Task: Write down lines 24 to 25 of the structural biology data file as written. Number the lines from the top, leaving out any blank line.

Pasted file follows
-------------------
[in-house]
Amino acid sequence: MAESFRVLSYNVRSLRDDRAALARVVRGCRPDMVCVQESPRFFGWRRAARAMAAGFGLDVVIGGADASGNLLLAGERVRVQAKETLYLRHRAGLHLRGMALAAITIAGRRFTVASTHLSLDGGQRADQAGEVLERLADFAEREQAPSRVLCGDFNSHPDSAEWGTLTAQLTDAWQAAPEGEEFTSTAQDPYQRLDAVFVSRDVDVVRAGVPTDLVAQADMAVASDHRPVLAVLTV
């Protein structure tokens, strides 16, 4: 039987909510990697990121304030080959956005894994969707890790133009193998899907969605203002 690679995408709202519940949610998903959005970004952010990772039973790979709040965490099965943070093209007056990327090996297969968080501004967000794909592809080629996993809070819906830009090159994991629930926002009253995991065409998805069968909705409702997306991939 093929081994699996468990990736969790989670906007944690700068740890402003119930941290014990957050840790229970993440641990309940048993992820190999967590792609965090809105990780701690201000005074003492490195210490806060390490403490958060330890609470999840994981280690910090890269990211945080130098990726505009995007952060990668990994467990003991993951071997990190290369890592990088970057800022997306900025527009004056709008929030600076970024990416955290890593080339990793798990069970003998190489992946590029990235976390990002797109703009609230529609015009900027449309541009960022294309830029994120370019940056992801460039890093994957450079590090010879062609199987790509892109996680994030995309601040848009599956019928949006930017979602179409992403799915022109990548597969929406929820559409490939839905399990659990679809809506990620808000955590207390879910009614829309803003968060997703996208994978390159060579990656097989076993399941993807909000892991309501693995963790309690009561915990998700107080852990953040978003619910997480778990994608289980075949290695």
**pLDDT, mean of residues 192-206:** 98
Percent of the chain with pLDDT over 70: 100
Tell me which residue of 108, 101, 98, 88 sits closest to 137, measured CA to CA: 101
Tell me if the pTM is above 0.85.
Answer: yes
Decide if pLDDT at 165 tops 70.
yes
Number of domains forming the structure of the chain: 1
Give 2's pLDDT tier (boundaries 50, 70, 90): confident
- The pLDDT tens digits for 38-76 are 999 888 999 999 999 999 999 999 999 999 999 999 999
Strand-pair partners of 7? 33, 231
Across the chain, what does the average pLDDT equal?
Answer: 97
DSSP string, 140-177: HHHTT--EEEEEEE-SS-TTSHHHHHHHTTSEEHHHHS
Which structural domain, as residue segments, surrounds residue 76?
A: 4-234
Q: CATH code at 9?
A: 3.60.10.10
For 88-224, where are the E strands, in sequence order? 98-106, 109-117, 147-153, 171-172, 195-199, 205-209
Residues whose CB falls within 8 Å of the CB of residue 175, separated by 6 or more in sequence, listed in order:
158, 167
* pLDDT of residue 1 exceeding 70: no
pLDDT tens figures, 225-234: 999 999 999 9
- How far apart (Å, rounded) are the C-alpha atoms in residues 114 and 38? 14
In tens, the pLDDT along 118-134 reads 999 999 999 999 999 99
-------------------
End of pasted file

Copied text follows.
158, 167
* pLDDT of residue 1 exceeding 70: no